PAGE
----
I was at the gym yesterday. I did a ‘Total Body’ class – a lot of squats, weights and sit ups. Then I mooched about in the sauna. Lovely. While I was getting dressed again I overheard a big row about something that had apparently happened underneath our noses in Total Body. One woman, in her matching underwear ensemble, was saying: ‘She came in late and moved my step! My weights were on it! It was obvious I was there!’ Someone else (already in her very tight jeans) asked: ‘Did you tell her it was your space?’ The woman had, indeed, told the offending and, in fact, latecoming, Total Bodier that the space was hers but the intruder had rudely said: ‘Why don’t you move over there?’ The listeners were shocked. Bra straps snapped, cream was slapped on irritably. There was an atmosphere of prickling outrage. ‘What did the teacher say?’ someone blustered.
This made me laugh, even though I had lost a sock and was looking at having to wear a smelly gym sock all day long. Also, the woman next to me had sprayed some really horrible deodorant all over the place. What did the teacher say?! The teacher is a 22 year old fitness instructor being paid almost nothing to traipse round the gyms of London with her huge sports bag running classes for the bored and wealthy when she once dreamed of doing back up dancing for Lady GaGa. The idea of her intervening in the dispute of two idle fifty year olds bickering over the position of a plastic Reebok step is beyond absurd.
‘There should be rules about this!’ someone else shouted above the roar of her hair dryer.
I don’t speak to anyone at the gym and I skulked out silently wondering what it all meant. They were behaving like thirteen year olds, completely infantalised, seeking guidance from authority, outraged that their narcissism had been threatened in the privacy of their own…gym? Oh, but that’s right, that IS what we’re all doing.
Going to the gym gives the same structure to otherwise structureless days that school once did. And school, of course, mimics the maternal relationship as a transition to adulthood. At school the child is kept safely contained, is helped to develop (educationally and emotionally) and can be disciplined. So many people effectively go back to school after school, not quite ready for the world. They go to university and then, afterwards, they might find similar safety in an office environment with all the rivalry, hierarchy and authority figures. These things are all a way of leaving mum without ever really leaving mum, or at least the atmosphere of her. For people who don’t have an office to go to and aren’t in education…well, we go to the gym.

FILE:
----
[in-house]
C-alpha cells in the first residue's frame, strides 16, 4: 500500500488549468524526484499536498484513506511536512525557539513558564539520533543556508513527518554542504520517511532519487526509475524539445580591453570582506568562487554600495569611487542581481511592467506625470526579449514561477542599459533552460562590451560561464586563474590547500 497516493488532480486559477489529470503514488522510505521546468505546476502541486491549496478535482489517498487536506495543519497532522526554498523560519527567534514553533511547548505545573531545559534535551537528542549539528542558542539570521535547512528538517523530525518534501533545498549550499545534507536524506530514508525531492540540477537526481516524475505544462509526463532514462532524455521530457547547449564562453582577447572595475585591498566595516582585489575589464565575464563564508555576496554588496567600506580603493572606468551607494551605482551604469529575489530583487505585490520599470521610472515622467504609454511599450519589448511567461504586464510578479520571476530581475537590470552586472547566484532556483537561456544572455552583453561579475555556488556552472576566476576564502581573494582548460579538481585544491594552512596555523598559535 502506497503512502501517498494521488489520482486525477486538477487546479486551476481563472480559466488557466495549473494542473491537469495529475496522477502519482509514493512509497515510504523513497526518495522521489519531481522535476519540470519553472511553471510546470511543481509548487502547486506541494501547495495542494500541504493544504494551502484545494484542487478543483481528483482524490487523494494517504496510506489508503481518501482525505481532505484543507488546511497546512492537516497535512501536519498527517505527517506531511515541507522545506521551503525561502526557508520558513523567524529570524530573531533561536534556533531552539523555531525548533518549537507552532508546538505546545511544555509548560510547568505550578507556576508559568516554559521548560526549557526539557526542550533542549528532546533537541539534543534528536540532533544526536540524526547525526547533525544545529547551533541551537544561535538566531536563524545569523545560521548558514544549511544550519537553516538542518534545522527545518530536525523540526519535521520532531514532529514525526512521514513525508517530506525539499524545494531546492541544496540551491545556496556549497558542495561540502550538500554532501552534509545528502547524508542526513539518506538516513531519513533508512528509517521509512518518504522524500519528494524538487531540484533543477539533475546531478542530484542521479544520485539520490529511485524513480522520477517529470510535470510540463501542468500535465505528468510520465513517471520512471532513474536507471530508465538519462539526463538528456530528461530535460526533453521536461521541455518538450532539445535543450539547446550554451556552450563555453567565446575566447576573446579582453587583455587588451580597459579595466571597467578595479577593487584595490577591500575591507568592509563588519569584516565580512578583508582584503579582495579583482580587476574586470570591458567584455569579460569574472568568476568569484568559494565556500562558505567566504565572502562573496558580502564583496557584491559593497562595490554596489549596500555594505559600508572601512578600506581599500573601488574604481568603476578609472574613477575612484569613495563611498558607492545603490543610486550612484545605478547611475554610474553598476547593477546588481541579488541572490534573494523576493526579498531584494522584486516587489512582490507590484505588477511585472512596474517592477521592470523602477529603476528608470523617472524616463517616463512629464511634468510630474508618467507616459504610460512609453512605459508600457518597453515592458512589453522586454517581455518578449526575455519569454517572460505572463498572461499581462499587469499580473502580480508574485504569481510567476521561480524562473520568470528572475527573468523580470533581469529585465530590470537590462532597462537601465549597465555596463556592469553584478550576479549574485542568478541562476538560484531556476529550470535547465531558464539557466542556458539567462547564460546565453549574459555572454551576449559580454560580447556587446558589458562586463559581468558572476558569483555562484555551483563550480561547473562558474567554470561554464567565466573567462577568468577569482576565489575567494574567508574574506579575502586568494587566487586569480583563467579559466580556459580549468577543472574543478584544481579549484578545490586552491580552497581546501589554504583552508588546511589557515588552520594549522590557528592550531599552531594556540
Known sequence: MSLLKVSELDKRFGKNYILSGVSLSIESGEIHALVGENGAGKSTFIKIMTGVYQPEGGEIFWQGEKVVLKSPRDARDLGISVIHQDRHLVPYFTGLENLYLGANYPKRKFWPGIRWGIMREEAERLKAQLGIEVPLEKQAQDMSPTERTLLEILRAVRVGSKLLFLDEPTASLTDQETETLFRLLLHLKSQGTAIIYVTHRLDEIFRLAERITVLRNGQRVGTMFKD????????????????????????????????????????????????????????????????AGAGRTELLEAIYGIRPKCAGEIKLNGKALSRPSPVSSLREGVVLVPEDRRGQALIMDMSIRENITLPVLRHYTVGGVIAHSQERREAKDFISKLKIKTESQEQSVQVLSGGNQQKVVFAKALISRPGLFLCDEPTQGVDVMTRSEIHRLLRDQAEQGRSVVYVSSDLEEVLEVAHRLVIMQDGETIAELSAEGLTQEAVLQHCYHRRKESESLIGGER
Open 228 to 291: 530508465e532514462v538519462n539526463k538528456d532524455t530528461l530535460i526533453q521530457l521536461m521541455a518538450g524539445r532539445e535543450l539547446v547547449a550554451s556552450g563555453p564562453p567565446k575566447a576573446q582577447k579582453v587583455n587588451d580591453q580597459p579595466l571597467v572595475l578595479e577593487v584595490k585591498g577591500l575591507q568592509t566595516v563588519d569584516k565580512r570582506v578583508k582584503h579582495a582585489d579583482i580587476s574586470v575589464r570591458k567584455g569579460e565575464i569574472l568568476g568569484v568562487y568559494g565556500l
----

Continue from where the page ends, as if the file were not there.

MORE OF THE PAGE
Having felt so contemptuous of the people having this ridiculous row, I realised that what I’m doing at the gym is not much different. I don’t look for guidance or discipline from the instructor, but, then again, I didn’t grow up with siblings as the woman whose step got moved very obviously did! She sounded just like one of my kids when the other has taken something from their room. What I do love at the gym though is the complete abdication of responsibility and the complete safety. Someone else is in charge, someone else is looking after my needs, and I am developing physically (getting fitter) and emotionally (getting happy high on the endorphins). I have the same feeling of well-being in hotels. More, in fact, than I ever have at home.
So, there we all are following the routine, moving as one (provided it’s not too complex an arrangement – no turns) and not having to cope for a while with any other aspect of our lives. I read recently that dance is present in all ancient and modern cultures because, as social mammals, we enjoy moving together, bee-like, as one (not that bees are mammals but you know what I mean). It is part of social bonding in some straightforward way, whether ritualised or not. Then off we go into the womb-like, slightly overheated pool, the sauna, steam, Jacuzzi. Actually, I don’t know what the Jacuzzi stands for, but it’s hot water so it can fit loosely into the womb theme.
Suddenly, having been appalled by the behaviour of this glossy, middle-aged woman with nothing better to do than complain in a high, whinging pitch, I felt sorry for her, seeing her as a little girl whose sister had taken something precious from her and nobody had seen or cared, Mum hadn’t stepped in, people had just selfishly carried on with their lives and completely ignored her outrage. I suppose we are all playing out our ancient, infantile stuff all the time, our sibling rivalry, our fear and loneliness, our Oedipal issues (the Lord knows) and our rage at real or apparent neglect. But at the gym we are thrown together, naked or half-naked, exposed and vulnerable and what we’ve paid for is the care and protection that’s lacking elsewhere.
Yesterday evening I bought myself a bottle of Sancerre and some pistachio and date cakey things from a Lebanese shop. I have this self-mothering thing completely down.